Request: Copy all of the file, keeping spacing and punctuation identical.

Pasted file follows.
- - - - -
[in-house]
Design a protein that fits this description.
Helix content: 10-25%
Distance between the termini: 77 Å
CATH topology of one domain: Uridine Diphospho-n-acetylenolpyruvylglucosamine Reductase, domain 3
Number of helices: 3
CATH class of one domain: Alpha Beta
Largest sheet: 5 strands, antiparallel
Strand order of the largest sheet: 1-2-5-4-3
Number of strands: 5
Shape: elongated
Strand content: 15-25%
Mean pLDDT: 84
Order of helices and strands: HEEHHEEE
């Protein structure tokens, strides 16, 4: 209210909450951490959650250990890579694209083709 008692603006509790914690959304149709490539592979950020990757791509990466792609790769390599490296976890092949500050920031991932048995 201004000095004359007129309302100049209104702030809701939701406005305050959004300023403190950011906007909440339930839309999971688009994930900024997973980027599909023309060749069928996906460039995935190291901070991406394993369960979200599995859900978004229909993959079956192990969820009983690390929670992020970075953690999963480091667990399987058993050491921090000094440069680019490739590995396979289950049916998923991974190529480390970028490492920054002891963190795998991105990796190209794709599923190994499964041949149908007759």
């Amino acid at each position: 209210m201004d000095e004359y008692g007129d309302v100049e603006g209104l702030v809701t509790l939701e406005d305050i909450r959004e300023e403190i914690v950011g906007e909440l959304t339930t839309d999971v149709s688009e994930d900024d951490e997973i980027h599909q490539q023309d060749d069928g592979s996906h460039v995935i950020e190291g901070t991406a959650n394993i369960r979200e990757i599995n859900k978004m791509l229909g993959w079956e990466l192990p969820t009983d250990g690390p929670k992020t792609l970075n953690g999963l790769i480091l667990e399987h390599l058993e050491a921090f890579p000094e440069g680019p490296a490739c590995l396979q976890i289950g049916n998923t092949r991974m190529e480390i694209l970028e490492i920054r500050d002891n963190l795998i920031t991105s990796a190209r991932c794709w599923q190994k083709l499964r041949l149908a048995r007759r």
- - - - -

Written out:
[in-house]
Design a protein that fits this description.
Helix content: 10-25%
Distance between the termini: 77 Å
CATH topology of one domain: Uridine Diphospho-n-acetylenolpyruvylglucosamine Reductase, domain 3
Number of helices: 3
CATH class of one domain: Alpha Beta
Largest sheet: 5 strands, antiparallel
Strand order of the largest sheet: 1-2-5-4-3
Number of strands: 5
Shape: elongated
Strand content: 15-25%
Mean pLDDT: 84
Order of helices and strands: HEEHHEEE
């Protein structure tokens, strides 16, 4: 209210909450951490959650250990890579694209083709 008692603006509790914690959304149709490539592979950020990757791509990466792609790769390599490296976890092949500050920031991932048995 201004000095004359007129309302100049209104702030809701939701406005305050959004300023403190950011906007909440339930839309999971688009994930900024997973980027599909023309060749069928996906460039995935190291901070991406394993369960979200599995859900978004229909993959079956192990969820009983690390929670992020970075953690999963480091667990399987058993050491921090000094440069680019490739590995396979289950049916998923991974190529480390970028490492920054002891963190795998991105990796190209794709599923190994499964041949149908007759």
């Amino acid at each position: 209210m201004d000095e004359y008692g007129d309302v100049e603006g209104l702030v809701t509790l939701e406005d305050i909450r959004e300023e403190i914690v950011g906007e909440l959304t339930t839309d999971v149709s688009e994930d900024d951490e997973i980027h599909q490539q023309d060749d069928g592979s996906h460039v995935i950020e190291g901070t991406a959650n394993i369960r979200e990757i599995n859900k978004m791509l229909g993959w079956e990466l192990p969820t009983d250990g690390p929670k992020t792609l970075n953690g999963l790769i480091l667990e399987h390599l058993e050491a921090f890579p000094e440069g680019p490296a490739c590995l396979q976890i289950g049916n998923t092949r991974m190529e480390i694209l970028e490492i920054r500050d002891n963190l795998i920031t991105s990796a190209r991932c794709w599923q190994k083709l499964r041949l149908a048995r007759r």